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Mechanisms of climate-change-induced species decline: spatial, temporal and long-term variation in the diet of an endangered marsupial carnivore, the eastern quoll
- Fancourt, Bronwyn A., Hawkins, Clare E., Nicol, Stewart C.
- Wildlife research 2018 v.45 no.8 pp. 737-750
- Dasyurus, Persectania, Spodoptera eridania, carnivores, climate change, diet study techniques, energy, feces, food availability, insect larvae, insects, mammals, models, population dynamics, prey species, rain, spring, winter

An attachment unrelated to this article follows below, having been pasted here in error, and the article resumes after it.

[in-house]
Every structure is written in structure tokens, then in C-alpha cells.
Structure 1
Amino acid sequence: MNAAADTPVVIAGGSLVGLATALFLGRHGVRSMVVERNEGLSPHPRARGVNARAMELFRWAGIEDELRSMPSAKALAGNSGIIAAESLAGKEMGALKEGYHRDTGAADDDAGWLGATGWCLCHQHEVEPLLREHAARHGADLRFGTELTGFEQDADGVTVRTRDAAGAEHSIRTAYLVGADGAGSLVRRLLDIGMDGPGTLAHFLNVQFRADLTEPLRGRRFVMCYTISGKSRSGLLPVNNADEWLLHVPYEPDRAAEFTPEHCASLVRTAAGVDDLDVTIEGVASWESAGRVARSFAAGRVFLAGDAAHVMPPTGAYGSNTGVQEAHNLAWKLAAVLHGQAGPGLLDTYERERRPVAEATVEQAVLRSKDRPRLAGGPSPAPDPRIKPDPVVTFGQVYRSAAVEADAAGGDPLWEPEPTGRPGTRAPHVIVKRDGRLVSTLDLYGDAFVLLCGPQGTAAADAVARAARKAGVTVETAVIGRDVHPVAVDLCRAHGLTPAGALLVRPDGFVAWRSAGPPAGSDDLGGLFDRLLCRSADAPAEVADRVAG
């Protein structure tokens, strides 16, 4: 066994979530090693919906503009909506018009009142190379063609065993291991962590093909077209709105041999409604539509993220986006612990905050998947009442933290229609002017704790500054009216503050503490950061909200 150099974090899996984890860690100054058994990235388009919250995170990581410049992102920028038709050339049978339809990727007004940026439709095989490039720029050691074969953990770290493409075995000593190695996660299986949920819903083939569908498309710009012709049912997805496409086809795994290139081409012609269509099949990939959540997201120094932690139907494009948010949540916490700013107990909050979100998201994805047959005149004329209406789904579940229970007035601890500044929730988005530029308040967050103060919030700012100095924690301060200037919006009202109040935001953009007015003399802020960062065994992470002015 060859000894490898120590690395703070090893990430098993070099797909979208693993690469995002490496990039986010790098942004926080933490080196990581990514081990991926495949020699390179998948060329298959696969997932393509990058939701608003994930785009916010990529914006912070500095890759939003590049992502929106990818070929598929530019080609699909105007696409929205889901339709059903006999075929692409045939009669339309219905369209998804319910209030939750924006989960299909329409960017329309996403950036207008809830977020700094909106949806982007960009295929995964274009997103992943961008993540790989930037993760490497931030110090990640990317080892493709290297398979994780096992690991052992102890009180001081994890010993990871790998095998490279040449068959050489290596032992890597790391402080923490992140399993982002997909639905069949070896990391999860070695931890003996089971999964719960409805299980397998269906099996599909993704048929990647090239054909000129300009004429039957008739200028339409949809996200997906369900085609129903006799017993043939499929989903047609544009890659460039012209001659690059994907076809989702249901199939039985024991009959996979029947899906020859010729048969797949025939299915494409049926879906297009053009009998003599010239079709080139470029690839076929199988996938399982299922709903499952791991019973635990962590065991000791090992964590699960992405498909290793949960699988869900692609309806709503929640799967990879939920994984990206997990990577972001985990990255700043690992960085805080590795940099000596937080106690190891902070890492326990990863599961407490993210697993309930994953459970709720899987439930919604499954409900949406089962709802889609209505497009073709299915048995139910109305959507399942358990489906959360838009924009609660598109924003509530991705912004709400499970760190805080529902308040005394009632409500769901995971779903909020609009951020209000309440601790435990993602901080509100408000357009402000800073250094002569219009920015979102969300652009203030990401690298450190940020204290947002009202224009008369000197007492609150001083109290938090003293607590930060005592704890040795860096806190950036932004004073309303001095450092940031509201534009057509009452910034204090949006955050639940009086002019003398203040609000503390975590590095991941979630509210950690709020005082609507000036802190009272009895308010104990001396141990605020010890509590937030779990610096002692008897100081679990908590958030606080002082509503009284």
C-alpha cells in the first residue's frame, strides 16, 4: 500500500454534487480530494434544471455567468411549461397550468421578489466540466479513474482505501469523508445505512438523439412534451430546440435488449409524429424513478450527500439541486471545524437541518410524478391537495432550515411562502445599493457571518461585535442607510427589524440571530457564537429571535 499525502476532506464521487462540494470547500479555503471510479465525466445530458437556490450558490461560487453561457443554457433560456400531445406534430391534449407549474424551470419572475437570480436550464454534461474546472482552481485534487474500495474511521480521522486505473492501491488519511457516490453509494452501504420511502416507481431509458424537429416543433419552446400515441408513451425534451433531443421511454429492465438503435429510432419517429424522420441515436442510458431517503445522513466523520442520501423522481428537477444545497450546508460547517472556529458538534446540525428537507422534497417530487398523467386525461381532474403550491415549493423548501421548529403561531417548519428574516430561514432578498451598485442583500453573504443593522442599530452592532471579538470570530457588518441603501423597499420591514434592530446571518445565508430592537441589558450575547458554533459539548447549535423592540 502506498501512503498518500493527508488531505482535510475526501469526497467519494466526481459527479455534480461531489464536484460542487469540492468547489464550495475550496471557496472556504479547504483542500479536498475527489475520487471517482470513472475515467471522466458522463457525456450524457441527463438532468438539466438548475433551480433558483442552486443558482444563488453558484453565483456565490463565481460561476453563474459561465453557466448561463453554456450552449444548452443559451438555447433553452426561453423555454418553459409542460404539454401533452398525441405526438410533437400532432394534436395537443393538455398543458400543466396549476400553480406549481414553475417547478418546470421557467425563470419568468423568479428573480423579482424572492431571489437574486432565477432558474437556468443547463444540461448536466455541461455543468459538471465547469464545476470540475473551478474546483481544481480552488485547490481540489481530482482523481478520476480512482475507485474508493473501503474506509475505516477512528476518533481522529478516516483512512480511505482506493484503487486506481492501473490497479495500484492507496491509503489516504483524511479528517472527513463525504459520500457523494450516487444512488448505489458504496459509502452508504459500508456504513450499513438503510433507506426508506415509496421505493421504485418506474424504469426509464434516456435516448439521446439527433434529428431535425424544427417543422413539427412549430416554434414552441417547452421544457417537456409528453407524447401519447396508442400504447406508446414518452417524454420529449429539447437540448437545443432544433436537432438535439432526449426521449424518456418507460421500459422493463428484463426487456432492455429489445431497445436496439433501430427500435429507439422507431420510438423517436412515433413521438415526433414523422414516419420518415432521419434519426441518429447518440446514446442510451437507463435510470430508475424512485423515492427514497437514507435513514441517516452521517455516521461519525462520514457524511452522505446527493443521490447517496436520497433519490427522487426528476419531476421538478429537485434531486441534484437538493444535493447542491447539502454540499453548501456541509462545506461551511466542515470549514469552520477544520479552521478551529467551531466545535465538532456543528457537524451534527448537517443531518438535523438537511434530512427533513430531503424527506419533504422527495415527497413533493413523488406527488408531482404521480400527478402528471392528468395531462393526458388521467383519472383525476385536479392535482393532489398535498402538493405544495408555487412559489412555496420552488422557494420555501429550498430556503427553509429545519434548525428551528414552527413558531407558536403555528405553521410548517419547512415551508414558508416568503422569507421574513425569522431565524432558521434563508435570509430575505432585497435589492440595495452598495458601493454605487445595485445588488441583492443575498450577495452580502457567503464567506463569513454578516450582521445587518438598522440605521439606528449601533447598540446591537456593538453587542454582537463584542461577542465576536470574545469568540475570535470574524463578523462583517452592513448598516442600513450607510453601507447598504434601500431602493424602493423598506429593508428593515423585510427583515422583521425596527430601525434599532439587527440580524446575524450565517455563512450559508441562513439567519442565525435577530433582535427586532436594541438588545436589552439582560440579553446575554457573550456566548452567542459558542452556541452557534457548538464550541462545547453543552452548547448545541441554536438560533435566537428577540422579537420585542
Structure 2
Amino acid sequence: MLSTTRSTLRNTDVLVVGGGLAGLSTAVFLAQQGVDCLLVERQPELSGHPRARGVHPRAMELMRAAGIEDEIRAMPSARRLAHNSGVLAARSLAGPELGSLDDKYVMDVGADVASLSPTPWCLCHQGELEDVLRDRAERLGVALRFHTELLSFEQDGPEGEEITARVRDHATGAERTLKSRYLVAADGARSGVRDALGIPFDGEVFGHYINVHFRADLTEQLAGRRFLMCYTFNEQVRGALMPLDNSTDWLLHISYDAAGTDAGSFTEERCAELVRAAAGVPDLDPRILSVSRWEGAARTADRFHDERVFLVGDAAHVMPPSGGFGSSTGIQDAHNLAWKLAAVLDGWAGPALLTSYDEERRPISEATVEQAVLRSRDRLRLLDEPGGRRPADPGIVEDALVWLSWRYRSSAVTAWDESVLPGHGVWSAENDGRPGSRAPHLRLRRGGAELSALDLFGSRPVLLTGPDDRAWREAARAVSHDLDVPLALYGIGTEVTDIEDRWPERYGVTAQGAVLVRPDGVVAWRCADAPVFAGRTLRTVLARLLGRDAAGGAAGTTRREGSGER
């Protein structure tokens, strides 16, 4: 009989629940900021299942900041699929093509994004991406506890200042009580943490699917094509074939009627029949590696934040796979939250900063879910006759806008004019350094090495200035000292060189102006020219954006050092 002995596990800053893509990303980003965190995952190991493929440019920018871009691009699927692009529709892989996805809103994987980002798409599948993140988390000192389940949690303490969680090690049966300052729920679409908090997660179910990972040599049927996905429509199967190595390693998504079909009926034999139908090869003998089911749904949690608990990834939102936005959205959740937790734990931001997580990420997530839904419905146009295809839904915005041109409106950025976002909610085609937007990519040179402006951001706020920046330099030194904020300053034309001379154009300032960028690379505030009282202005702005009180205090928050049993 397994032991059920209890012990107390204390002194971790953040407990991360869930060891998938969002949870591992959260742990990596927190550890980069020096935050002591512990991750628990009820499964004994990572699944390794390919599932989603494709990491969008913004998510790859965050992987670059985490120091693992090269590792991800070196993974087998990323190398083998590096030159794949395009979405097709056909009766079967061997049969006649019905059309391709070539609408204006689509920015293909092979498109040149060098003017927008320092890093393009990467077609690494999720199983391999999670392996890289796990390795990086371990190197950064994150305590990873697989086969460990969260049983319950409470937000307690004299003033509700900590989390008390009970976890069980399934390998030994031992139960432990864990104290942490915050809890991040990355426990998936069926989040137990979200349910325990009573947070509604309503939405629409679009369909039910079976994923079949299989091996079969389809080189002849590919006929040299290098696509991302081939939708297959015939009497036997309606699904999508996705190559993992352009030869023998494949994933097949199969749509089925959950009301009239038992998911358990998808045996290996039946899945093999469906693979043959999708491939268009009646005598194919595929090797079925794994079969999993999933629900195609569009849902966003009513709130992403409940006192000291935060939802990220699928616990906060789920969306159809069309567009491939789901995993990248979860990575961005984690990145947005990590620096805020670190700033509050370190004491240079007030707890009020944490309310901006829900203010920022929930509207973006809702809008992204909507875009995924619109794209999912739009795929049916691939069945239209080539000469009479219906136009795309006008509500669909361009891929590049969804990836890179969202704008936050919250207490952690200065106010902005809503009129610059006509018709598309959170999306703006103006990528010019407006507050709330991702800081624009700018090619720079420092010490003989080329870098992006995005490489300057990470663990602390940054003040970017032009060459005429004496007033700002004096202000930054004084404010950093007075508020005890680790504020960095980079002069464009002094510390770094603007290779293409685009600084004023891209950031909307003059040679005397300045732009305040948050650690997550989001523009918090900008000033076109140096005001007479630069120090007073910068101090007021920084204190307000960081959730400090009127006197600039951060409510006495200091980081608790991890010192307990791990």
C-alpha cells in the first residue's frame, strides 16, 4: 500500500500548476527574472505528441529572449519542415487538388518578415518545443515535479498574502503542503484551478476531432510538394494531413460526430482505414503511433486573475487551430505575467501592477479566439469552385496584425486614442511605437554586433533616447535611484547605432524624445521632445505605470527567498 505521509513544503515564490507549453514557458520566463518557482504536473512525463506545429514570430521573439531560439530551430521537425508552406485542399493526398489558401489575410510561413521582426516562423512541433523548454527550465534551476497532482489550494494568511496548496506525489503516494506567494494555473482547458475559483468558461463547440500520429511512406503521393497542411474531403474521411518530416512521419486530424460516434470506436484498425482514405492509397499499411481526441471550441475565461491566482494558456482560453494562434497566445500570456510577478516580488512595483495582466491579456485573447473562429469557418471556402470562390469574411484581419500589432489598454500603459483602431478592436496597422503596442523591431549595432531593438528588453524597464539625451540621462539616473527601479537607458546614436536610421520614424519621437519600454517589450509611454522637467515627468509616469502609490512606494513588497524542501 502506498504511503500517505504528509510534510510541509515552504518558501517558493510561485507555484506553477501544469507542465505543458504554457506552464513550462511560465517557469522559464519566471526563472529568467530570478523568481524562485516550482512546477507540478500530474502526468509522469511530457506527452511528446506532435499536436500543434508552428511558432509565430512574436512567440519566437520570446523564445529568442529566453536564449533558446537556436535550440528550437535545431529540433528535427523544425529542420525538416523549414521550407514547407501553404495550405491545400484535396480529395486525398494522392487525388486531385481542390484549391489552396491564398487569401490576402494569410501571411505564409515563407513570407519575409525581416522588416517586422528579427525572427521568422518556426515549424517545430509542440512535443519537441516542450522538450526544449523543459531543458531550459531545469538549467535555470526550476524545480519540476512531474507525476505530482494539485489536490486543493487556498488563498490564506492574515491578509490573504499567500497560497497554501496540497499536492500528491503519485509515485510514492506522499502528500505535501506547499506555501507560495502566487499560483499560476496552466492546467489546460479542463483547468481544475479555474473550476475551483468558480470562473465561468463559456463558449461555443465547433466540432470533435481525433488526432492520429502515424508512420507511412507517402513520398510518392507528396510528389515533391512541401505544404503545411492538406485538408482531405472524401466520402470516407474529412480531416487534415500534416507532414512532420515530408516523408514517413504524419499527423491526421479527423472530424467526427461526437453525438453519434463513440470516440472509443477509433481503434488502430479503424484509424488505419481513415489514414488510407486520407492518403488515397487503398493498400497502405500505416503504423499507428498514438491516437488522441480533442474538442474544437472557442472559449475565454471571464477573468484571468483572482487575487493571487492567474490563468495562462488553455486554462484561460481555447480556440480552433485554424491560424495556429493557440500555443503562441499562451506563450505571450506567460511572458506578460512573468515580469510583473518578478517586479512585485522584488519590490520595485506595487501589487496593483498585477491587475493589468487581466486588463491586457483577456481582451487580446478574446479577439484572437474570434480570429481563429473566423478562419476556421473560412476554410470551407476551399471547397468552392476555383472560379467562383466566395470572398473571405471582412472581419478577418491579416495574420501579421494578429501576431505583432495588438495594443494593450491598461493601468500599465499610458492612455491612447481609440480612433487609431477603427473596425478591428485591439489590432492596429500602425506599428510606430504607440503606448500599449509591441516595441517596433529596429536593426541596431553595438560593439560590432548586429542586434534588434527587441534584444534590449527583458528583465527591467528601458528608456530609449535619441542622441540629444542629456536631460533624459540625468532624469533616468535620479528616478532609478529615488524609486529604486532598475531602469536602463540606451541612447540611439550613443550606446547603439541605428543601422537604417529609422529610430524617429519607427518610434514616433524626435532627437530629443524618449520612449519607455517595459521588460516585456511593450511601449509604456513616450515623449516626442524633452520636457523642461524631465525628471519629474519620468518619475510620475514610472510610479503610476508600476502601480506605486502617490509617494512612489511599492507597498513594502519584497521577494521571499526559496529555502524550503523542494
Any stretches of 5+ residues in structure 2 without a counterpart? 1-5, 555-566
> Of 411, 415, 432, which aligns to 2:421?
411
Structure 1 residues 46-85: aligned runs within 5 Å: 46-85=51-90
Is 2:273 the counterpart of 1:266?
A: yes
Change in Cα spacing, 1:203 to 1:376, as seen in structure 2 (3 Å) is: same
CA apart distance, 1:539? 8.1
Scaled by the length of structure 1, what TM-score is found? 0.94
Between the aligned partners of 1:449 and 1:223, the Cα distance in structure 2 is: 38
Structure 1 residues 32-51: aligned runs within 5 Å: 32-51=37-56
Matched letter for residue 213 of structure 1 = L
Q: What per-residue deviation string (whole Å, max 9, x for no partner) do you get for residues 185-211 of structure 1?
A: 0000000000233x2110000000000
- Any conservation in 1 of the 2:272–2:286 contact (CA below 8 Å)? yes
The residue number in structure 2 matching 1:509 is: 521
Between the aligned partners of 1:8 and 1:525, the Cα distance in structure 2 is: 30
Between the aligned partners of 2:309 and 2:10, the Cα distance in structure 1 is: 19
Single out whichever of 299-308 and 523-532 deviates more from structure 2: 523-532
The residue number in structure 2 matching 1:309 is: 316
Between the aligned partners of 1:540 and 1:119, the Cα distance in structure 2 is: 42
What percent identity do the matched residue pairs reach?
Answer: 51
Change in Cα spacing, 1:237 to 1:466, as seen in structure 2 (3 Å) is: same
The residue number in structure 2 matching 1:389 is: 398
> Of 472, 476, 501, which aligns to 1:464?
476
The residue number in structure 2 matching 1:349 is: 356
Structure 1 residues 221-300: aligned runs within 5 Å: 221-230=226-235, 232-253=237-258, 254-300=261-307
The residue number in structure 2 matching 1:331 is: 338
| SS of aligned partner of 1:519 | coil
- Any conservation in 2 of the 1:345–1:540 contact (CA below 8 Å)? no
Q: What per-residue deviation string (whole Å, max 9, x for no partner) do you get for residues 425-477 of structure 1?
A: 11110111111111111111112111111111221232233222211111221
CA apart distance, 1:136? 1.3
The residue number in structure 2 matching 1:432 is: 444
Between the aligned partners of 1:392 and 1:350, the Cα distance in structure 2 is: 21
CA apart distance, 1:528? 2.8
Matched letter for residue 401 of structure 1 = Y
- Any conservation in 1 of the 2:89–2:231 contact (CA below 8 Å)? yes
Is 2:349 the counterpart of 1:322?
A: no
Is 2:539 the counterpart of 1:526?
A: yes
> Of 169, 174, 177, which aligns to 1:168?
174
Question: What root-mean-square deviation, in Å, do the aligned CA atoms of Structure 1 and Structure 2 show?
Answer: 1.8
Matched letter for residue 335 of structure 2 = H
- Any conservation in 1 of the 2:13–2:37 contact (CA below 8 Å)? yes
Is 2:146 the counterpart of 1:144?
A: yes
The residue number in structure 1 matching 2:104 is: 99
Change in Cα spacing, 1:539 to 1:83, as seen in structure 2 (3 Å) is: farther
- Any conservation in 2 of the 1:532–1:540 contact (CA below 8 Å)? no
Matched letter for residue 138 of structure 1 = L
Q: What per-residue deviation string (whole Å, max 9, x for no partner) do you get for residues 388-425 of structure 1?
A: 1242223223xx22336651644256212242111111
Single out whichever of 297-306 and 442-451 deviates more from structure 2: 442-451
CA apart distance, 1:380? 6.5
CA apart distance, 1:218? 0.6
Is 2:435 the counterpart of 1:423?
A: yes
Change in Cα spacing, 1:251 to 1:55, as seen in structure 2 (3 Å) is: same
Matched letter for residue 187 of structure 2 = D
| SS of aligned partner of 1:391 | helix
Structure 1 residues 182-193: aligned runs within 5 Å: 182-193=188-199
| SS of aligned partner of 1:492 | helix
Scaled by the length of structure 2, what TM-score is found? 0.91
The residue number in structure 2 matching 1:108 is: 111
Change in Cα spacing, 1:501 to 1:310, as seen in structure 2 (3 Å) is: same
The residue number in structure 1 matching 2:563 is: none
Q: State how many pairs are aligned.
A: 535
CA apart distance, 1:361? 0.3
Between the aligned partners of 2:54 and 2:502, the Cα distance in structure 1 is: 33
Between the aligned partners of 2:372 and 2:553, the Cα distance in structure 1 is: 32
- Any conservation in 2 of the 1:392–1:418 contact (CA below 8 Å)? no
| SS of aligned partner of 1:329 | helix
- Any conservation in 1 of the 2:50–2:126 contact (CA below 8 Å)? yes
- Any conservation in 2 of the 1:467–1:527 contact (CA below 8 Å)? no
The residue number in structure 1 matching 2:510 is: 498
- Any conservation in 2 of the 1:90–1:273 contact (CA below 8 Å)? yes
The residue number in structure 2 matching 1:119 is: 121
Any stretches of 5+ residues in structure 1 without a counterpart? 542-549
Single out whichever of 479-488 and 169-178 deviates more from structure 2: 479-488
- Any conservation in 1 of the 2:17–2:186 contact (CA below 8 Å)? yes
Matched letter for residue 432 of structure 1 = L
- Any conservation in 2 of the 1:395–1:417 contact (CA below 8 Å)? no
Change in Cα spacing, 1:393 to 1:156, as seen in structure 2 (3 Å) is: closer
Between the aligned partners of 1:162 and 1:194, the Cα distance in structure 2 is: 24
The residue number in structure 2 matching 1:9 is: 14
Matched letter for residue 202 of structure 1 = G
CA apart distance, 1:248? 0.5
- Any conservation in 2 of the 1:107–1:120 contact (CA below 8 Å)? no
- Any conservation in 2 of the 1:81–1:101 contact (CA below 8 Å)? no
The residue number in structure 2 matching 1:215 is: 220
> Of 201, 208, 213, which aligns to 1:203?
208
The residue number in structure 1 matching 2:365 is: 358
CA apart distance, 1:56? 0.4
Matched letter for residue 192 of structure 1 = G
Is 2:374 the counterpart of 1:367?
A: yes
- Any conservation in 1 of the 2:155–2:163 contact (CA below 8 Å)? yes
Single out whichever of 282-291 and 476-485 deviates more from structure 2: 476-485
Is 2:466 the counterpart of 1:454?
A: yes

- Context. Climate change is having significant impacts on species worldwide. The endangered eastern quoll (Dasyurus viverrinus) has recently undergone rapid and severe population decline, with no sign of recovery. Spatially and temporally-explicit weather modelling suggests a prolonged period of unfavourable weather conditions during 2001–03 as the proximate cause of decline. However, the mechanisms of this weather-induced decline are not currently understood. Aims. The aim of this study was to investigate the hypothesis that changing weather conditions have altered the availability of key prey species, potentially contributing to the species’ decline. Methods. We analysed 229 scats collected from 125 individual wild quolls across four sites between July 2011 and May 2012. Variation in dietary composition and niche breadth was compared across sites and seasons. We also compared contemporary dietary composition and niche breadth to historic dietary studies performed before the species’ decline, to identify any key changes in dietary composition over time. Key results. Dietary composition and niche breadth were similar across sites but differed between seasons. Dietary niche contracted during winter (July) and early spring (September) when insect larvae formed the bulk of quoll diet, rendering the species vulnerable to weather-related fluctuations in food availability at that time. Large differences were also evident between current and historic dietary composition, with a marked shift from insect larvae to mammals, predominantly due to a reduction in corbie (Oncopera intricata) and southern armyworm (Persectania ewingii) moth larvae. Quoll abundance appears positively related to corbie larva abundance during winter, and both quoll and corbie larva abundance appear negatively related to winter rainfall. Conclusions. The lower contribution of insects at sites with low quoll densities suggests that insects represent an important food item for eastern quolls during winter, when dietary niche is narrowest and energy demands are highest. Our findings suggest that weather-induced fluctuations in quoll abundance, including the significant statewide decline during 2001–03, are potentially driven by weather-induced fluctuations in corbie larva abundance. Implications. Continued deterioration in climatic suitability with recent and predicted climate change could further threaten eastern quolls through reductions in the availability and stability of reliable food sources at critical life-history stages when dietary options are already limited.